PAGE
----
With Olympics coming, U.S. swimming, track and field look for rebound

Tyson Gay, Mike Rodgers

COLORADO SPRINGS, Colo. (AP) — The buzz in U.S. Olympic circles is about bringing the 2024 Games to Los Angeles.

A more urgent matter: Bringing home the most medals from next year’s Olympics in Rio de Janeiro.

That may not be a sure thing, especially considering the struggles of the U.S. swimming and track teams this summer.

Track and swimming combined for 53 percent of the country’s 407 medals over the last four Olympics, each of which ended with the United States on top of the medals table. But at this year’s world championships, swimmers took home 21 medals in Olympic events. That’s four fewer than they did in 2011, the year before the London Games. The track team took home only 18, seven fewer than four years ago.

“There’s always a level of anxiety,” said Chuck Wielgus, the executive director of USA Swimming since 1997. “I’d say the level of anxiety is probably higher this time around than any time I’ve been executive director. But there have never been more opportunities for people to step up and make an impact on the Olympic team.”

There are reasons for optimism, starting with the fact that the United States traditionally brings the deepest pool of athletes to the Olympics in both these sports. Also, the swimming results came without the presence of 22-time Olympic medalist Michael Phelps, who was banned from worlds because of his arrest on drunken-driving charges. He competed the same week at U.S. nationals and posted three times that would have won gold at worlds.

But there were also some red flags waving at the meets in Russia (swimming) and China (track).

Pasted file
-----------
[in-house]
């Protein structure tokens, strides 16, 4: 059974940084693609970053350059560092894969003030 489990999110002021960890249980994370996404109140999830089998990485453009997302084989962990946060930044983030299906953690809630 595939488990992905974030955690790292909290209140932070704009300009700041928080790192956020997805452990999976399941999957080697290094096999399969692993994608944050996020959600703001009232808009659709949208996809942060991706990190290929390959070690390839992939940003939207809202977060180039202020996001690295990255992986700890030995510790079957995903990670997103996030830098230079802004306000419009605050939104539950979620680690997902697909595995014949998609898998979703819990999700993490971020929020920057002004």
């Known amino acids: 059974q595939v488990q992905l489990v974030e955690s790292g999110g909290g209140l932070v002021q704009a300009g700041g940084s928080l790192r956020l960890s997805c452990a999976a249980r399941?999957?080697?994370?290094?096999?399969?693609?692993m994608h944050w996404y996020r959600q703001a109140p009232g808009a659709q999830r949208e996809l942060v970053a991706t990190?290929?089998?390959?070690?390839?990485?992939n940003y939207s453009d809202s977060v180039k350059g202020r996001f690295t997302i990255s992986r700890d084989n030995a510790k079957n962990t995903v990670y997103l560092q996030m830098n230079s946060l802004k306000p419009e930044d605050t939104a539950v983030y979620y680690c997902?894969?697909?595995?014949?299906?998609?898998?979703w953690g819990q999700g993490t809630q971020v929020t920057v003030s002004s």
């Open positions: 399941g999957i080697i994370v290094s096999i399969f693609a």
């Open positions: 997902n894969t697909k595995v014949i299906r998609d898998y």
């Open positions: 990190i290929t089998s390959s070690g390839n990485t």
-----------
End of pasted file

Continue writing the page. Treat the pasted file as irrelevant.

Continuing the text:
Missy Franklin didn’t win any individual gold medals at worlds, after taking three in 2013. It could be attributed to the grind of her recently completed college season, though she now has more competition in the 200 free with teammate Katie Ledecky, the star of the world championships, dropping down to that distance. Also, relay races that used to almost automatically go in the U.S. win column are now being more hotly contested by countries putting more resources into winning the team events.

Larry Probst, the chairman of the U.S. Olympic Committee, said the board talked about the results at their quarterly meeting Friday.

“I wouldn’t call it blaring alarm bells, but both organizations had higher expectations going into worlds,” Probst said. “Everyone’s aware that there’s work to be done between now and Rio. Everyone knows we have to improve results when we get to the Olympic Games in Rio.”

At the track meet in Beijing, the United States led the medal count but brought home the lowest total since 2003, when it won 20. That number was reduced to 16 after a number of doping cases were resolved.

“None of us are overjoyed with the performance we had at world championships,” said USA Track and Field CEO Max Siegel.